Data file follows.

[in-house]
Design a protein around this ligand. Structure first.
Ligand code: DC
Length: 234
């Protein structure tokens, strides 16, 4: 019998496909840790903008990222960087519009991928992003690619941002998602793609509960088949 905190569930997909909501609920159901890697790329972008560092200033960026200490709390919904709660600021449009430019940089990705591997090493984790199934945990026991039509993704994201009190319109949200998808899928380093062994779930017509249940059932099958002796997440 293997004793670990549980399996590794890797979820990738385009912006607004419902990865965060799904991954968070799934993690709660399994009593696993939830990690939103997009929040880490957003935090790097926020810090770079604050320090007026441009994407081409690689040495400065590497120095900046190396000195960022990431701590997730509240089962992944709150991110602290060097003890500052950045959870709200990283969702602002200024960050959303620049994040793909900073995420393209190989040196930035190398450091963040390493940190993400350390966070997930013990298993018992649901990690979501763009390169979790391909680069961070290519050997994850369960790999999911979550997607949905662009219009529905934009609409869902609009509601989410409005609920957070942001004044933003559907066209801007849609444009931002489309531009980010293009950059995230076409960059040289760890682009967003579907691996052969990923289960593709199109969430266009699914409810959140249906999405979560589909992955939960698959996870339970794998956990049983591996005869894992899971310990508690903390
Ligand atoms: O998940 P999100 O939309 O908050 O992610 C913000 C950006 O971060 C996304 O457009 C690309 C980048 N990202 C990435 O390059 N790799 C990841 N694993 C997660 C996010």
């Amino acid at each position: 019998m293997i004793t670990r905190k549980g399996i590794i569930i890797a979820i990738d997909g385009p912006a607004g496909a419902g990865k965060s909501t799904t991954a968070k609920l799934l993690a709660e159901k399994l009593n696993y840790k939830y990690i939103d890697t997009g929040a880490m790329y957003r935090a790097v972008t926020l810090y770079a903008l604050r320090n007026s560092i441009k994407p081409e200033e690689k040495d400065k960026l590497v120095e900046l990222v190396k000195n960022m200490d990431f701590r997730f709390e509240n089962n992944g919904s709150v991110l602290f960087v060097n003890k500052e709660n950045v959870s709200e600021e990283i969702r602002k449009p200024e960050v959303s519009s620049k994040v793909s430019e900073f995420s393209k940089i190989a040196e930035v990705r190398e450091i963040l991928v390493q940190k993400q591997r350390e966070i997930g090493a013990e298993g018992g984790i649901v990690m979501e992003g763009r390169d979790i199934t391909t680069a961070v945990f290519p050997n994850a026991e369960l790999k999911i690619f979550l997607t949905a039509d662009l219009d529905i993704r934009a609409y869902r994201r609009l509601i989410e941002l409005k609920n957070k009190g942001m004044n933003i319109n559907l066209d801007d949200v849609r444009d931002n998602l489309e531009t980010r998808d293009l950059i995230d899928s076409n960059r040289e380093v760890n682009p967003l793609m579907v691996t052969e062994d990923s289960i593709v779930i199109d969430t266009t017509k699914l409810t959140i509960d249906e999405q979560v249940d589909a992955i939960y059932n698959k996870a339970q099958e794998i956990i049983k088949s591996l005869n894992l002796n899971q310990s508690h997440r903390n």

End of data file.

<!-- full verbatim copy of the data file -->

[in-house]
Design a protein around this ligand. Structure first.
Ligand code: DC
Length: 234
């Protein structure tokens, strides 16, 4: 019998496909840790903008990222960087519009991928992003690619941002998602793609509960088949 905190569930997909909501609920159901890697790329972008560092200033960026200490709390919904709660600021449009430019940089990705591997090493984790199934945990026991039509993704994201009190319109949200998808899928380093062994779930017509249940059932099958002796997440 293997004793670990549980399996590794890797979820990738385009912006607004419902990865965060799904991954968070799934993690709660399994009593696993939830990690939103997009929040880490957003935090790097926020810090770079604050320090007026441009994407081409690689040495400065590497120095900046190396000195960022990431701590997730509240089962992944709150991110602290060097003890500052950045959870709200990283969702602002200024960050959303620049994040793909900073995420393209190989040196930035190398450091963040390493940190993400350390966070997930013990298993018992649901990690979501763009390169979790391909680069961070290519050997994850369960790999999911979550997607949905662009219009529905934009609409869902609009509601989410409005609920957070942001004044933003559907066209801007849609444009931002489309531009980010293009950059995230076409960059040289760890682009967003579907691996052969990923289960593709199109969430266009699914409810959140249906999405979560589909992955939960698959996870339970794998956990049983591996005869894992899971310990508690903390
Ligand atoms: O998940 P999100 O939309 O908050 O992610 C913000 C950006 O971060 C996304 O457009 C690309 C980048 N990202 C990435 O390059 N790799 C990841 N694993 C997660 C996010």
């Amino acid at each position: 019998m293997i004793t670990r905190k549980g399996i590794i569930i890797a979820i990738d997909g385009p912006a607004g496909a419902g990865k965060s909501t799904t991954a968070k609920l799934l993690a709660e159901k399994l009593n696993y840790k939830y990690i939103d890697t997009g929040a880490m790329y957003r935090a790097v972008t926020l810090y770079a903008l604050r320090n007026s560092i441009k994407p081409e200033e690689k040495d400065k960026l590497v120095e900046l990222v190396k000195n960022m200490d990431f701590r997730f709390e509240n089962n992944g919904s709150v991110l602290f960087v060097n003890k500052e709660n950045v959870s709200e600021e990283i969702r602002k449009p200024e960050v959303s519009s620049k994040v793909s430019e900073f995420s393209k940089i190989a040196e930035v990705r190398e450091i963040l991928v390493q940190k993400q591997r350390e966070i997930g090493a013990e298993g018992g984790i649901v990690m979501e992003g763009r390169d979790i199934t391909t680069a961070v945990f290519p050997n994850a026991e369960l790999k999911i690619f979550l997607t949905a039509d662009l219009d529905i993704r934009a609409y869902r994201r609009l509601i989410e941002l409005k609920n957070k009190g942001m004044n933003i319109n559907l066209d801007d949200v849609r444009d931002n998602l489309e531009t980010r998808d293009l950059i995230d899928s076409n960059r040289e380093v760890n682009p967003l793609m579907v691996t052969e062994d990923s289960i593709v779930i199109d969430t266009t017509k699914l409810t959140i509960d249906e999405q979560v249940d589909a992955i939960y059932n698959k996870a339970q099958e794998i956990i049983k088949s591996l005869n894992l002796n899971q310990s508690h997440r903390n």